Sunday, 28 May 2017

Cakebread Toy Poodle Family

When I was asked if we'd like to try out the Cakebread Toy Poodle family we jumped at the chance having recently got our own puppy which is a cockapoo the Toy Poodle family is the closest we could get to our own pooch.

Like most of the Sylvanian Families family sets this set comprises of a father, mother, brother and sister - the Sylvania equivalent of 2.4 children!

Meet the Cakebreads

They have their own back story (its always good to know a bit about them!)

Meet the Cakebreads!


Father Frank Cakebread is good at sports. He's very generous about his hobby and always plays soccer or catch with the children in the village on weekends. The children also like Frank's clothes - whether he's wearing ordinary clothes or dressed for sports, he always wears a great outfit. On most other days, he is icing cakes with Melinda or playing catch with little Eric and his friends in Sylvanian Village.   

Mother Veronica Cakebread
 is the pastry chef at the Village Cake Shop. Everyone in the village loves her beautiful cakes with decorations that look like jewels. Whenever someones birthday or another special occasion is coming, the villagers always go to her cake shop.

Brother Eric Cakebread
 is top of the class at school and is good at helping his friends when they don't understand something. Everyone goes to him for help because he knows just how to explain things so that people will understand. But sometimes he cares too much about his marks. When he doesn't get full marks in a test, he gets so disappointed that he runs home alone as soon as school is over.

Sister Melinda Cakebread
 is an outgoing girl and makes friends very easily. She loves baking cakes; one day her mother made a new cake and invited all of the children around for a tea party. Melinda had so much fun that she's learning how to bake cakes from her mother so that she can have a tea party of her own.

This set arrived and was easy to open (nothing more frustrating than battling with oodles of packaging) with the animals wired onto the cardboard insert.  Most of the packaging is recyclable too which is also good.

This particular set has flat hands so they are not able to hold anything which is a bit of a shame and something I would change.  It's good for the children to create scenes when they are able to set the figures up holding onto some of the littler items, such as a cup or bottle.

I'm no dog aficionado so not really sure I would recognise the breed they're supposed to be.  What do you think??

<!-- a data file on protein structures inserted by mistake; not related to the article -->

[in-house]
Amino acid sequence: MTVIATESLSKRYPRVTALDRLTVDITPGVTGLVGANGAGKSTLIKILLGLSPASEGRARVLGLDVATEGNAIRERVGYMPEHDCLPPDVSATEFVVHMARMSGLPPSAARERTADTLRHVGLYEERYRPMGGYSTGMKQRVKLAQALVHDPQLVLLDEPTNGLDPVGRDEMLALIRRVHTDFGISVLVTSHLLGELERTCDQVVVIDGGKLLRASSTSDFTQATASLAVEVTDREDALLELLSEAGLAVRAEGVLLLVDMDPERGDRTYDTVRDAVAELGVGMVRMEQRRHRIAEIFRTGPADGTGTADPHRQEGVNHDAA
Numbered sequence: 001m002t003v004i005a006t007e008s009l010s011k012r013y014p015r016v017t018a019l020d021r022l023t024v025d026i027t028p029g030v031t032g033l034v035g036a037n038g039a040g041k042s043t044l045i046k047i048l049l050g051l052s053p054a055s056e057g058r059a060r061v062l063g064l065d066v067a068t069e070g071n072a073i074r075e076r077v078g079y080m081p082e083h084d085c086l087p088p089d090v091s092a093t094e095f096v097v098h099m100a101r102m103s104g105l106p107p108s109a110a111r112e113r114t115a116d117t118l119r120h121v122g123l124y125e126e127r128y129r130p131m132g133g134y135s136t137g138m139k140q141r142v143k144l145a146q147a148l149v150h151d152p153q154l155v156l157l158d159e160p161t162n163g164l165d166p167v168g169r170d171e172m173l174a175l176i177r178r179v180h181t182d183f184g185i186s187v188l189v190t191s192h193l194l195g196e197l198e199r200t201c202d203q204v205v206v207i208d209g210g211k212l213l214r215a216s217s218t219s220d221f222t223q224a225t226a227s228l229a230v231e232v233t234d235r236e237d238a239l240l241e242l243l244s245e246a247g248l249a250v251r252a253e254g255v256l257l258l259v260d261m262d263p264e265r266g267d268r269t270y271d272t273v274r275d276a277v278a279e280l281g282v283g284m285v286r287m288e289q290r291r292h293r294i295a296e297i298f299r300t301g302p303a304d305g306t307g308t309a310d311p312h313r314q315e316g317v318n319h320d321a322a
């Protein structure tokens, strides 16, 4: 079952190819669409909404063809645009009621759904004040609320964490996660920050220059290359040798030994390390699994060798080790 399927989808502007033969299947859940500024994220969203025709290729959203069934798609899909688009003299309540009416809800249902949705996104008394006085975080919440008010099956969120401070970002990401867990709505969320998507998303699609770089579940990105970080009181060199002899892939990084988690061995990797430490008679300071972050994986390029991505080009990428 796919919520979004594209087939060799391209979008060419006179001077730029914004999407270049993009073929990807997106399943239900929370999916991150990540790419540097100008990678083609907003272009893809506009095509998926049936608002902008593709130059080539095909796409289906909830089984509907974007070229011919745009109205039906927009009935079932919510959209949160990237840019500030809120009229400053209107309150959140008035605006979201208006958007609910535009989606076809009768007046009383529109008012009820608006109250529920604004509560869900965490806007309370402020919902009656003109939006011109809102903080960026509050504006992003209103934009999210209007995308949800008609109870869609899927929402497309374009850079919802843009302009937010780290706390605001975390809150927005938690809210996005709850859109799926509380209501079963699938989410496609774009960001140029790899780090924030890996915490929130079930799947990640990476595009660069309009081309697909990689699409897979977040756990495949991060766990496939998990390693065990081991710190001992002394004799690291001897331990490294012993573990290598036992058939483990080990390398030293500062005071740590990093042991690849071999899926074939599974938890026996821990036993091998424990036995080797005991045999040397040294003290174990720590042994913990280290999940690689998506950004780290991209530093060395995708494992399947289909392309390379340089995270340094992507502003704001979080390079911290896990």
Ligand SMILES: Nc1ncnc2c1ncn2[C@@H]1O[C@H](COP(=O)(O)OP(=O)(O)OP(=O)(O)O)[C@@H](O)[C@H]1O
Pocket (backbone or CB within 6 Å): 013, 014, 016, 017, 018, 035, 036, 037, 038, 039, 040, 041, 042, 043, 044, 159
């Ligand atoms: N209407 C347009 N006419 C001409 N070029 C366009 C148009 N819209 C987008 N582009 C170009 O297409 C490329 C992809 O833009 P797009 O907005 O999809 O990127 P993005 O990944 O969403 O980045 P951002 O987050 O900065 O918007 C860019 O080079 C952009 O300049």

Incredibly cute Toy Poodle puppy!

The set has an RRP of £17.99 but like most things if you keep your eyes peeled you can get it for around the £14 mark.  If you just can't wait then you can pick one up from Amazon here Sylvanian Families Toy Poodle Family.



As always the verdict from the children is whats important as its them that have the pester power.

They loved them and have booted out another family to allow the Toy poodles to occupy the bottom floor of one of the houses (we have far more families than housing...pretty much like Britain!!).  They were also keen to know if there are babies for the family to buy separately...and the answer is of course YES!



NB/ I was not paid for this review but the item was provided to me for the purposes of review and for my honest opinions.  This review contains affiliate links.
Wednesday, 15 February 2017

Whirring half term thoughts



We're a couple of days into Half Term.

The girls have stopped the bickering they seem to do for the first couple of days when they just annoy each other and have settled into enjoying each others company.

Its in the holidays that I am racked with guilt that I can't currently take them places.

Facebook shows me the shiny snapshot of my friends lives that they want to share on social media.

The days out at castles, zoos, theme parks and the cinema.  Its not that we cannot afford to take them these places but suffering from panic disorder has meant that I find it really difficult to get too far from Ashford (and in all honesty sometimes even around Ashford).

It worries me that the children will miss out.

And then I try and remember what I used to do in half terms when I was their age......and (I'm sorry Mum) but I don't remember.  I'm fairly certain we didn't go out every day of the holidays as both my parents worked.  I probably spent a fair bit of time at my grandparents and they certainly didn't take me on outings.

I do remember spending time with people though.  I remember that my Mum used to take my Grandma to the supermarket every week (and it was weekly because Grandma couldn't/wouldn't plan a fortnightly menu) and I would sometimes go with them.

I remember helping (loose interpretation of the word) my Dad with whatever work he was doing on the house. I'm the daughter of a carpenter and I wanted to do whatever Dad did.

I remember Mum cooking Sunday lunch EVERY week - even when it was roasting outside with the Archers omnibus on the radio.

I'm sure there were plenty of outings and lots of money spent on trips out...but that is not what has built the memories.  Its the time with my family that I remember.

I remember feeling loved all the time.

So - if my girls don't have the outings like their friends perhaps they're not missing out on so much after all because they are loved beyond words and THAT is what I hope they remember as they grow up.